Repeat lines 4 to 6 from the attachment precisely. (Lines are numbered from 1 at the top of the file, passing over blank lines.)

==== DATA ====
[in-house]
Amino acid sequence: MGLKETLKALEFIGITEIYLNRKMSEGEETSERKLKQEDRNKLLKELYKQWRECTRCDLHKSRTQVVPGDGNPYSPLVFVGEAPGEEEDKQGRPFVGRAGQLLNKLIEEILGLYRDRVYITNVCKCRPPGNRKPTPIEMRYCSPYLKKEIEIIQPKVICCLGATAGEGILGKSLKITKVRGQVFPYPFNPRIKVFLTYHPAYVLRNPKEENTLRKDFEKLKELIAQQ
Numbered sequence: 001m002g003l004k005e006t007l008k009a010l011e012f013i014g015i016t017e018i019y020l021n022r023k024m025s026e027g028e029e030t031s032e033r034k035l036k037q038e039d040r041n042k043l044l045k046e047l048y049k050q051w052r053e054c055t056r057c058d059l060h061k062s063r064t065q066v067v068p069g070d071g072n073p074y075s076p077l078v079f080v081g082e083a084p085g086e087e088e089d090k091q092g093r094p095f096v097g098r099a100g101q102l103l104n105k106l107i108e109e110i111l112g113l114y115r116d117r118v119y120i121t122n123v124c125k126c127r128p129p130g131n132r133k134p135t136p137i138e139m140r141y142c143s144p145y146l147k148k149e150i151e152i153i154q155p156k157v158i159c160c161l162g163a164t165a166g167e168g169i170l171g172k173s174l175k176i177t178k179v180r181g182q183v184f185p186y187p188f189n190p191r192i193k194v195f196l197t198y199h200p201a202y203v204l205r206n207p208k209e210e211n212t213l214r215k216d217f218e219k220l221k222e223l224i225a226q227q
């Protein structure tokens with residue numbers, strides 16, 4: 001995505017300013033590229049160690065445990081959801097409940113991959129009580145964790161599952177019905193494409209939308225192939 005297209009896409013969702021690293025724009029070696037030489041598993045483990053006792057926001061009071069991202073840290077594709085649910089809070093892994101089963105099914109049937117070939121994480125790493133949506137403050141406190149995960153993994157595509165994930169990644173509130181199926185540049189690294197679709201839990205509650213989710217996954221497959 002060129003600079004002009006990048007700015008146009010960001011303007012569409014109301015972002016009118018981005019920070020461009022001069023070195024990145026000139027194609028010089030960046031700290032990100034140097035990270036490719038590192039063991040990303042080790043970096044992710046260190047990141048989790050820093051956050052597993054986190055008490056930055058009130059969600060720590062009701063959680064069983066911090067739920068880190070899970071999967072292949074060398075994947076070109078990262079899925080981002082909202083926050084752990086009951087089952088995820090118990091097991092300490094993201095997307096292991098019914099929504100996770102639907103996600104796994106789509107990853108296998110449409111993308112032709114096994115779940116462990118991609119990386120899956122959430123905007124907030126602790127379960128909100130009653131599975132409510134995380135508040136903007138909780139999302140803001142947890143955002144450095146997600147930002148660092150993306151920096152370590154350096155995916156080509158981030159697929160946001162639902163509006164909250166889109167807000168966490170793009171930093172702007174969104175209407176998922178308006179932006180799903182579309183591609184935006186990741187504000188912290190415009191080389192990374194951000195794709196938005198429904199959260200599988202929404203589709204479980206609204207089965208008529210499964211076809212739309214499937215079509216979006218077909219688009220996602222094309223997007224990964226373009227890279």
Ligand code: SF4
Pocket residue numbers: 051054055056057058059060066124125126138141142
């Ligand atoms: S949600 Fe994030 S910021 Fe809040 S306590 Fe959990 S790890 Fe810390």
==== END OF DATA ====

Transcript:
């Protein structure tokens with residue numbers, strides 16, 4: 001995505017300013033590229049160690065445990081959801097409940113991959129009580145964790161599952177019905193494409209939308225192939 005297209009896409013969702021690293025724009029070696037030489041598993045483990053006792057926001061009071069991202073840290077594709085649910089809070093892994101089963105099914109049937117070939121994480125790493133949506137403050141406190149995960153993994157595509165994930169990644173509130181199926185540049189690294197679709201839990205509650213989710217996954221497959 002060129003600079004002009006990048007700015008146009010960001011303007012569409014109301015972002016009118018981005019920070020461009022001069023070195024990145026000139027194609028010089030960046031700290032990100034140097035990270036490719038590192039063991040990303042080790043970096044992710046260190047990141048989790050820093051956050052597993054986190055008490056930055058009130059969600060720590062009701063959680064069983066911090067739920068880190070899970071999967072292949074060398075994947076070109078990262079899925080981002082909202083926050084752990086009951087089952088995820090118990091097991092300490094993201095997307096292991098019914099929504100996770102639907103996600104796994106789509107990853108296998110449409111993308112032709114096994115779940116462990118991609119990386120899956122959430123905007124907030126602790127379960128909100130009653131599975132409510134995380135508040136903007138909780139999302140803001142947890143955002144450095146997600147930002148660092150993306151920096152370590154350096155995916156080509158981030159697929160946001162639902163509006164909250166889109167807000168966490170793009171930093172702007174969104175209407176998922178308006179932006180799903182579309183591609184935006186990741187504000188912290190415009191080389192990374194951000195794709196938005198429904199959260200599988202929404203589709204479980206609204207089965208008529210499964211076809212739309214499937215079509216979006218077909219688009220996602222094309223997007224990964226373009227890279």
Ligand code: SF4
Pocket residue numbers: 051054055056057058059060066124125126138141142